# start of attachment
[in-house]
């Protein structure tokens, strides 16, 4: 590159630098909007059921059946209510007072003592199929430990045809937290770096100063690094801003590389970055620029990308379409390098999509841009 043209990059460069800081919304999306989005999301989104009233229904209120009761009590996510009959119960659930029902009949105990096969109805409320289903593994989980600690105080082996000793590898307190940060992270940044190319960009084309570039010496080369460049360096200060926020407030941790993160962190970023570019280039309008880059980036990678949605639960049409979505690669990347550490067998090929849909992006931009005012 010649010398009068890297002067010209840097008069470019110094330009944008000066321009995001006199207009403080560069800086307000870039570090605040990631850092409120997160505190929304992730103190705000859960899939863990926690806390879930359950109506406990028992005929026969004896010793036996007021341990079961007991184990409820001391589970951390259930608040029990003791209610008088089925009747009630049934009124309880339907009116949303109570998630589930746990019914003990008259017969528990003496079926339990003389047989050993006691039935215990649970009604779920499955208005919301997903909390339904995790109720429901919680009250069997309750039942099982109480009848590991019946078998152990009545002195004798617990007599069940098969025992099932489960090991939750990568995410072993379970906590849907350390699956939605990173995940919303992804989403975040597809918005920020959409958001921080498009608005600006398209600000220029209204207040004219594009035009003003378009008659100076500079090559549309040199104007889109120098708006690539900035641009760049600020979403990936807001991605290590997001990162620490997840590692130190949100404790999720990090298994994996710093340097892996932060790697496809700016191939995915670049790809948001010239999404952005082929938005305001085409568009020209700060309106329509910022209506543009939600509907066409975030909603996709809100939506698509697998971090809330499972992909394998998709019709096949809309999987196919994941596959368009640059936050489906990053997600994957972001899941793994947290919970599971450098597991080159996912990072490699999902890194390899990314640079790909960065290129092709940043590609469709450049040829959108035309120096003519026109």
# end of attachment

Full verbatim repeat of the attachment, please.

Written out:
[in-house]
């Protein structure tokens, strides 16, 4: 590159630098909007059921059946209510007072003592199929430990045809937290770096100063690094801003590389970055620029990308379409390098999509841009 043209990059460069800081919304999306989005999301989104009233229904209120009761009590996510009959119960659930029902009949105990096969109805409320289903593994989980600690105080082996000793590898307190940060992270940044190319960009084309570039010496080369460049360096200060926020407030941790993160962190970023570019280039309008880059980036990678949605639960049409979505690669990347550490067998090929849909992006931009005012 010649010398009068890297002067010209840097008069470019110094330009944008000066321009995001006199207009403080560069800086307000870039570090605040990631850092409120997160505190929304992730103190705000859960899939863990926690806390879930359950109506406990028992005929026969004896010793036996007021341990079961007991184990409820001391589970951390259930608040029990003791209610008088089925009747009630049934009124309880339907009116949303109570998630589930746990019914003990008259017969528990003496079926339990003389047989050993006691039935215990649970009604779920499955208005919301997903909390339904995790109720429901919680009250069997309750039942099982109480009848590991019946078998152990009545002195004798617990007599069940098969025992099932489960090991939750990568995410072993379970906590849907350390699956939605990173995940919303992804989403975040597809918005920020959409958001921080498009608005600006398209600000220029209204207040004219594009035009003003378009008659100076500079090559549309040199104007889109120098708006690539900035641009760049600020979403990936807001991605290590997001990162620490997840590692130190949100404790999720990090298994994996710093340097892996932060790697496809700016191939995915670049790809948001010239999404952005082929938005305001085409568009020209700060309106329509910022209506543009939600509907066409975030909603996709809100939506698509697998971090809330499972992909394998998709019709096949809309999987196919994941596959368009640059936050489906990053997600994957972001899941793994947290919970599971450098597991080159996912990072490699999902890194390899990314640079790909960065290129092709940043590609469709450049040829959108035309120096003519026109």